In front of the house he made two pillars thirty-five cubits high, with a
capital of five cubits on the top of each. He made encircling chains and put
them on the tops of the pillars; and he made one hundred pomegranates,
and put them on the chains. He set up the pillars in front of the temple,
one on the right, the other on the left; the one on the right he called
Jachin, and the one on the left, Boaz.
2 Chronicles 3:15-17
It was all so beautiful! Rita and I walked out on this crisp morning to gaze at the full moon mirrored on the still waters of Lake Bemidji. We walked under trees turning fall colors and watched bald eagles fishing. We marveled at how the Creator so extravagantly spreads beauty. Then, my mind wandered to today’s Scripture about God putting beauty on display in the temple on Mount Zion. In addition to gold vessels, sumptuous priestly garments, there are two, freestanding, non-loadbearing pillars set up in front of the temple. Why? What was their purpose? Simply to be beautiful in God’s house! The two pillars were named Jachin (“Security”) and Boaz (“Strength”), each sculpted with lacework chains from which hung a hundred carved pomegranates. God delights in making things beautiful. As creatures made in God’s image, we need beauty.
Alexander Solzhenitsyn began his Nobel Lecture talking about our need for beauty. He quoted the Russian novelist Dostoevsky about how “Beauty will save the world.” Solzhenitsyn admitted that he had long puzzled over Dostoevsky’s words but had come to believe in the need for beauty in our lives.
Viktor Frankl said that one of the things that helped him survive the agony of Auschwitz was one day seeing the “beauty” of a fish head floating in his watery soup. Frankl also writes in Man’s Search for Meaning about how his eyes were surprisingly opened to beauty in the midst of suffering:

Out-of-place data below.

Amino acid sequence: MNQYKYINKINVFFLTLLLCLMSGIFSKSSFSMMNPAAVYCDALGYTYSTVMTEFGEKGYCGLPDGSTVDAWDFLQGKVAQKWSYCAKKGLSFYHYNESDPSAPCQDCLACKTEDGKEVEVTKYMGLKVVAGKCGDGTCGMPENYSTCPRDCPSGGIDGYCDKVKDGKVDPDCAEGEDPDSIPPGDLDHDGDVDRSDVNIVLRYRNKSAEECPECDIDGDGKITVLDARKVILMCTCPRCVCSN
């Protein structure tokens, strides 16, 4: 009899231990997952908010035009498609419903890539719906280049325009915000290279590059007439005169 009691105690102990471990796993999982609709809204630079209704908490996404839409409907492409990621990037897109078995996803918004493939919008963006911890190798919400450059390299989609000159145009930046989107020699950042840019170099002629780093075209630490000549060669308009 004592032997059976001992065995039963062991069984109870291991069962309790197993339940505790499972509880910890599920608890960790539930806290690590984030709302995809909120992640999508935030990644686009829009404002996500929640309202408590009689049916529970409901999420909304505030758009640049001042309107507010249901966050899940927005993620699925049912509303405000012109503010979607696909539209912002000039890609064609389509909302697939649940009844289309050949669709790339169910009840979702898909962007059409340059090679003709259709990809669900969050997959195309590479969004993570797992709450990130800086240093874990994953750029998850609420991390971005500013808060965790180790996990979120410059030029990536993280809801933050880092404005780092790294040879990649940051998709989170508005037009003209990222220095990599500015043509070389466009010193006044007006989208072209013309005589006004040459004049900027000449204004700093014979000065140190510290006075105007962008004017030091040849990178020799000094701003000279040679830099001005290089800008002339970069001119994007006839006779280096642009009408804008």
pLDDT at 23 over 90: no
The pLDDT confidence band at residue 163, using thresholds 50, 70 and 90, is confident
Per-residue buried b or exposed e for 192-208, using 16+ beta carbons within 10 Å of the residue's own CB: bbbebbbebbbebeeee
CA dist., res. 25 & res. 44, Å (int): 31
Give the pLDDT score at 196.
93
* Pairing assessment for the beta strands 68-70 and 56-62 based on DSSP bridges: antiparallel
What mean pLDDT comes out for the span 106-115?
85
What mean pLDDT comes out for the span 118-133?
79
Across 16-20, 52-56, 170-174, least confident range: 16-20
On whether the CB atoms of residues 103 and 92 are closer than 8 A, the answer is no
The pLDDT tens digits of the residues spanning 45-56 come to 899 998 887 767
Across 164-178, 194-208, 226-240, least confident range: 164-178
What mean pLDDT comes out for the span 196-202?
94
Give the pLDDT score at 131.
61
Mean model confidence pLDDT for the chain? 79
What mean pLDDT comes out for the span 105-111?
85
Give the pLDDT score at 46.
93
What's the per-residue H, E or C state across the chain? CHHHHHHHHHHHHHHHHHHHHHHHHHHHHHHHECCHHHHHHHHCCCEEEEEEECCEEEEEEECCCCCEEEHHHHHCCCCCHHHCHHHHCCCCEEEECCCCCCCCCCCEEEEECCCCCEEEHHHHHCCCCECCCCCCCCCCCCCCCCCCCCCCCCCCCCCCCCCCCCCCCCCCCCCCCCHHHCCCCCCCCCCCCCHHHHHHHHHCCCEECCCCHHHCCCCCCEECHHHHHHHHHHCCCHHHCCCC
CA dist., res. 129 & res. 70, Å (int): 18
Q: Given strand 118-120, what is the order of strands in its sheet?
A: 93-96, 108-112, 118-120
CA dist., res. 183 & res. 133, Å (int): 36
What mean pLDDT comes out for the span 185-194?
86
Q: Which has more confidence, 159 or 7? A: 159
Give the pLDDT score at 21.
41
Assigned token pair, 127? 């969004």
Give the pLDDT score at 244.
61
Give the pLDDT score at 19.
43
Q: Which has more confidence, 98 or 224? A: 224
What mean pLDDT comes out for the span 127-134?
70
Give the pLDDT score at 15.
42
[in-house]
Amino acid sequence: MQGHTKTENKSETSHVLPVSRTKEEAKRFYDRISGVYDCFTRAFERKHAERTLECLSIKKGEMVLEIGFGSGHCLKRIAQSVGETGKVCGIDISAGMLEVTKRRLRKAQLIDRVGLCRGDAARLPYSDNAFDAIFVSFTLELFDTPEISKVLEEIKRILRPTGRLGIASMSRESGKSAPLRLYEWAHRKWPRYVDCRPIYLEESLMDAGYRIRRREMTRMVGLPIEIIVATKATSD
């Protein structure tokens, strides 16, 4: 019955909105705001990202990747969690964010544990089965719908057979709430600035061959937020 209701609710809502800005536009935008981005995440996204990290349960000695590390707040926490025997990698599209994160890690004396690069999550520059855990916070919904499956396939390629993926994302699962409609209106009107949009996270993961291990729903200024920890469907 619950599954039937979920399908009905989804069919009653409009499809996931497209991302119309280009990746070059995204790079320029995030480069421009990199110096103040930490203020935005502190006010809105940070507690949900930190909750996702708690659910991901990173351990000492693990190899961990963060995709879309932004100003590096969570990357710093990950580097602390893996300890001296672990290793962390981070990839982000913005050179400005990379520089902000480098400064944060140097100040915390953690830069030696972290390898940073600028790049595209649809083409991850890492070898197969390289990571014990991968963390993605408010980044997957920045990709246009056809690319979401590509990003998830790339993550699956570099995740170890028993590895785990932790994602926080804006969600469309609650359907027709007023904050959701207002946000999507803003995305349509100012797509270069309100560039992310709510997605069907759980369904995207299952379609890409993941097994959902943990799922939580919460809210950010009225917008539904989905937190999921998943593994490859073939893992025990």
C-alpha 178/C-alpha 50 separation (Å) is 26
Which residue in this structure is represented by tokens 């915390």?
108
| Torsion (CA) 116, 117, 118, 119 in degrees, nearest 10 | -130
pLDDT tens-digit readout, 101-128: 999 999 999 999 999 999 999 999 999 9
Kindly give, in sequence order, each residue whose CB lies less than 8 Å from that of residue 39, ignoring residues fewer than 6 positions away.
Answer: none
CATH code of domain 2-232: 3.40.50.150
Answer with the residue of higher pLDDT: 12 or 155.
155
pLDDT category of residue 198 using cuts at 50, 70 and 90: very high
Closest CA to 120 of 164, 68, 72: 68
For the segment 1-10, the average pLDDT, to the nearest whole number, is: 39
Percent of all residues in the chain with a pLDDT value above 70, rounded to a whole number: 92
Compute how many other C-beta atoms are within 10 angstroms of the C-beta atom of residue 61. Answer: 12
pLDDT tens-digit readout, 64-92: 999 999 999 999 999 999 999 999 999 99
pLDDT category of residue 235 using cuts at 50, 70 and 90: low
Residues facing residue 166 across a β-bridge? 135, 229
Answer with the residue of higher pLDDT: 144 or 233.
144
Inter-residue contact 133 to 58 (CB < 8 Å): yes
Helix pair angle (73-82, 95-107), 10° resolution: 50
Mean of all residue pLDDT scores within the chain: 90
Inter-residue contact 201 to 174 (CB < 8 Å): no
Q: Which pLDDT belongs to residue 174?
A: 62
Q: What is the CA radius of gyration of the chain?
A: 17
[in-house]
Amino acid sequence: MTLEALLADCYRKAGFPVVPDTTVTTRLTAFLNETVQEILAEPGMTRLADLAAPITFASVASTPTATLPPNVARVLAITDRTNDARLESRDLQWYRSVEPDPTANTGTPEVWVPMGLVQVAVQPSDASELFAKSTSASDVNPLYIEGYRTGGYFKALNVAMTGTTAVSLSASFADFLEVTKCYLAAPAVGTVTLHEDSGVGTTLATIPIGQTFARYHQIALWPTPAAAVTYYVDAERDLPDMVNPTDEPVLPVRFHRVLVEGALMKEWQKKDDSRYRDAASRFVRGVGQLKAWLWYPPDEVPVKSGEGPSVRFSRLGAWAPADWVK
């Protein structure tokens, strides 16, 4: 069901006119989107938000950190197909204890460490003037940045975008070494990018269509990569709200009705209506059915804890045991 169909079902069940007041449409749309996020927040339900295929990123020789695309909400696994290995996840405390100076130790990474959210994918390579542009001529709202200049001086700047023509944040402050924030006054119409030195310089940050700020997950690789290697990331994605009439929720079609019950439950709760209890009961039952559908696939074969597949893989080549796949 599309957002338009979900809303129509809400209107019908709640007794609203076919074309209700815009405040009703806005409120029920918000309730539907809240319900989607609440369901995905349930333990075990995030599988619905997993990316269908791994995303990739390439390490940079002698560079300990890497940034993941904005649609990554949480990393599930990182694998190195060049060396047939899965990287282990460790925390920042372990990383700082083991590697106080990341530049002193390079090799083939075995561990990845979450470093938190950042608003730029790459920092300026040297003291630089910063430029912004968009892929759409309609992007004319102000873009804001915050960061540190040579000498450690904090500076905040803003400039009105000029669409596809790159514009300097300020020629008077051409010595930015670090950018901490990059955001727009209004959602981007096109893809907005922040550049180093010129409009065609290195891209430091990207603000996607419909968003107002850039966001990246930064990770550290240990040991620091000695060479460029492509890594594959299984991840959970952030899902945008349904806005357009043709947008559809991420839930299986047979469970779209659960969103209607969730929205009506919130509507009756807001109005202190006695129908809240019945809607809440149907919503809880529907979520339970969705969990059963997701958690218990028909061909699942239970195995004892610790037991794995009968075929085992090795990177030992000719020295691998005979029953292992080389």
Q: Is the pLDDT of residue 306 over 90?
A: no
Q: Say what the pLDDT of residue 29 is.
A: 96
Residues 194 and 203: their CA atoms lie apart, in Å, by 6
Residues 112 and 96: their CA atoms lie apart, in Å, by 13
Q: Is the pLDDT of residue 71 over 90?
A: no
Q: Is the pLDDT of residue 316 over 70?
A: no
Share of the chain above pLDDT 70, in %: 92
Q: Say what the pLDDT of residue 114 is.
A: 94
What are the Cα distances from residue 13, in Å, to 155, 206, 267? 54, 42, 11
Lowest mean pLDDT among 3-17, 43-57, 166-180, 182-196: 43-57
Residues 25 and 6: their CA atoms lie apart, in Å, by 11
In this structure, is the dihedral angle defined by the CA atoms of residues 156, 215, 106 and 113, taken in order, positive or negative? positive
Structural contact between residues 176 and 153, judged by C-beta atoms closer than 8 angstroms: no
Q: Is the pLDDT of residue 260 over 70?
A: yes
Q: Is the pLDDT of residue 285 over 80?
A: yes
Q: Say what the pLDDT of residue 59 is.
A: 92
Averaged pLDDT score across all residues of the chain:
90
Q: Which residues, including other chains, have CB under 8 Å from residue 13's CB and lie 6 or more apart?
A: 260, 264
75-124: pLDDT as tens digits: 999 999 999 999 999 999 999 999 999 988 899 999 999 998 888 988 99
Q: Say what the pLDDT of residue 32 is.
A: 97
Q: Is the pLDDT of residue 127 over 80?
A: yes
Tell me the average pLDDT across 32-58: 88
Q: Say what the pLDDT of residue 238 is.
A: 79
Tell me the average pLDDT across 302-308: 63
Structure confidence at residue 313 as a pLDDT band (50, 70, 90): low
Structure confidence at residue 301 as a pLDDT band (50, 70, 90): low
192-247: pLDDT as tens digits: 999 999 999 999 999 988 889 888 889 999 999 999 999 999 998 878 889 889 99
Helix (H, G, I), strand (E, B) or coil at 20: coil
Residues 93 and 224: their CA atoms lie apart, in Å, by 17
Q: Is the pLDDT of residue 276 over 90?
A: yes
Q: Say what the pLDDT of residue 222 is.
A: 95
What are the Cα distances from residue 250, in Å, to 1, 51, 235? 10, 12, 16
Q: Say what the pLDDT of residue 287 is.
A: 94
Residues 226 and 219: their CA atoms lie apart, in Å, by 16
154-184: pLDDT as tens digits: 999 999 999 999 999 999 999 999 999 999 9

As the inner life of the prisoner tended to become more intense, he also experienced the beauty of art and nature as never before. Under their influence he sometimes even forgot his own frightful circumstances. If someone had seen our faces on the journey from Auschwitz to a Bavarian camp as we beheld the mountains of Salzburg with their summits glowing in the sunset, through the little barred windows of the prison carriage, he would never have believed that those were the faces of men who had given up all hope of life and liberty.
Dostoevsky would have understood Frankl. From Dostoevsky’s own imprisonment he learned the redemptive power of beauty: “Man can live without science, he can live without bread, but without beauty he can no longer live.” (Demons) I thank God for the beauty He so lavishly spreads through our lives.
I often experience the power of beauty in people’s lives. It might be a one cut daisy in a Mason jar, sunlight streaming through a hospital window, a child’s crayon picture, or strains of the Hallelujah Chorus. It reminds us that we are made in God’s image.
God created us not only to enjoy and savor beauty, but He also created us to create beauty. I like to think that each of us was made to be a Gimper. “What’s a Gimper?” you ask. The dictionary says that a Gimper is a person who adds “gimp”, or decorative trim, to a piece of fabric or upholstery. He or she takes something ordinary and makes it beautiful. The Jachin and Boaz pillars served no functional purpose in God’s temple, except to add to the temple’s beauty.
Today, how might God be calling you to savor the beauty in your life?
How might God be calling you, His image bearer, to be a Gimper? How might He be calling you to take the extra step of creating beauty in your everyday life?
Grace and peace,